meanderingvoice

Musings about my world as I see it

Archive for the month “November, 2012”

Curing a sick love corner

Have you ever tried to do something and found that things just get worse and worse instead of better, kind of like they did in the movie Bridesmaids? (Think of the scene in the posh dress shop after the dodgy lunch before it.)

Sick bridesmaids

Such was the case for me when I decided to take the plunge and Feng Shui my love life, to reinvigorate it. What was there to lose? I put in a bit of study and it all seemed easy enough.  Feng Shui experts speak about love corners and, as there are only so many corners in my home, I figured this should be a quick job.

So, compass in hand and several internet sources later, I was ready. One site had a few good tips. Another site seemed a little more hard-core, but in the spirit of plunging in, I read it and a few others.

They all agreed that you need to sort out your love corner.  Apparently it’s:

“the area of your home against the back wall on the far right (when you’re standing at the entrance and looking in.) You can apply the Feng Shui ba gua to an individual room, such as your living room or master bedroom, to your whole house, or even to your property.”

Okay, ba gua aside, that seemed straightforward.

These are some of the things to do in order to nurture a love corner:

  • Hang pictures of men in your home. (I am SO on board with this idea.)
  • Try not to have a toilet, kitchen, or storeroom in that zone (phew, but only by luck)
  • Keep computers and books out of love corners as they encourage study and work, not romance
  • Flowers or candles can infuse the space and, hopefully, the love life
  • Declutter the corner

My love corner is in my bathroom.  In fact, it’s where the shower is, right beside a window.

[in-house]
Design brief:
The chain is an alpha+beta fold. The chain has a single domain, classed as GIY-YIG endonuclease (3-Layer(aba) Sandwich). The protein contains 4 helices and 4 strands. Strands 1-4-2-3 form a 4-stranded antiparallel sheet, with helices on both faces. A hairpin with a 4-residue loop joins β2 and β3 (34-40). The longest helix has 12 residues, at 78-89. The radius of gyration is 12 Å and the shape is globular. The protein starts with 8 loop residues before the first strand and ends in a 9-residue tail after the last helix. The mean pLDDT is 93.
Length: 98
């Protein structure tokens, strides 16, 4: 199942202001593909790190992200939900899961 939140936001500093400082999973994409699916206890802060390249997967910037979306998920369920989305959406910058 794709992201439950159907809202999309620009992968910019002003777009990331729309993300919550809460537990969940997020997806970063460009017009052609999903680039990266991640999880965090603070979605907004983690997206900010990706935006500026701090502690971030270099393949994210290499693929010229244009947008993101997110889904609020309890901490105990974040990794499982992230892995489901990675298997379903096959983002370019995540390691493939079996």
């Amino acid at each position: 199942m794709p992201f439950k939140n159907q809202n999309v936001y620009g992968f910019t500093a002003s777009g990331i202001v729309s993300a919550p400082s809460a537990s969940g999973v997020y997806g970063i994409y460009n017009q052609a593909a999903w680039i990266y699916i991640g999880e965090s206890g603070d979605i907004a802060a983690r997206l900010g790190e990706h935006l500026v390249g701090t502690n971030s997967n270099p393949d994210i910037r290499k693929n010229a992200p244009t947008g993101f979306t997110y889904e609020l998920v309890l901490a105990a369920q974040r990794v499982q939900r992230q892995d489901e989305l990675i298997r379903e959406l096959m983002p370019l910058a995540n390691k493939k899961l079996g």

As I entered the bathroom with my Feng Shui radar on, I recoiled with horror to see what was on the window sill.

What Johnny Depp left behind when he fled my apartment.

No, not Johnny Depp, but a packet of razor blades.

Razor. Blades. In. The. Love. Corner.

How is a girl supposed to recover from that?  What could I do to cure it?

What I found out is that I have to put something in that corner that is of my element: earth.

Cure me, sweet Bonsai.

A Bonsai tree has earth in the pot. Perfect. The plant was acquired and put on the window sill.

Relieved, I told a friend of my near miss.  She listened, full of sympathy, until I told her about the Bonsai.
Her face contorted until she exploded into laughter and it was several minutes until she could speak.

“What if you get a guy with a small…” I didn’t let her finish but was out the door and down the street. I had to get rid of that Bonsai immediately.

I discovered that it was the wrong cure anyway as a plant is more the wood element than the earth element.

Oh no, how could I?

These days I have some pretty crystals in that corner. Two of them, as things should be in pairs to attract love.

I just hope my love life recovers from the threat of razor blades and shrunken parts now that the crystals are placed and working for me.

I’ll keep you posted.

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Perfect delivery

You may wonder what the science-fiction movie, Gattaca, could have in common with a baby born recently in China.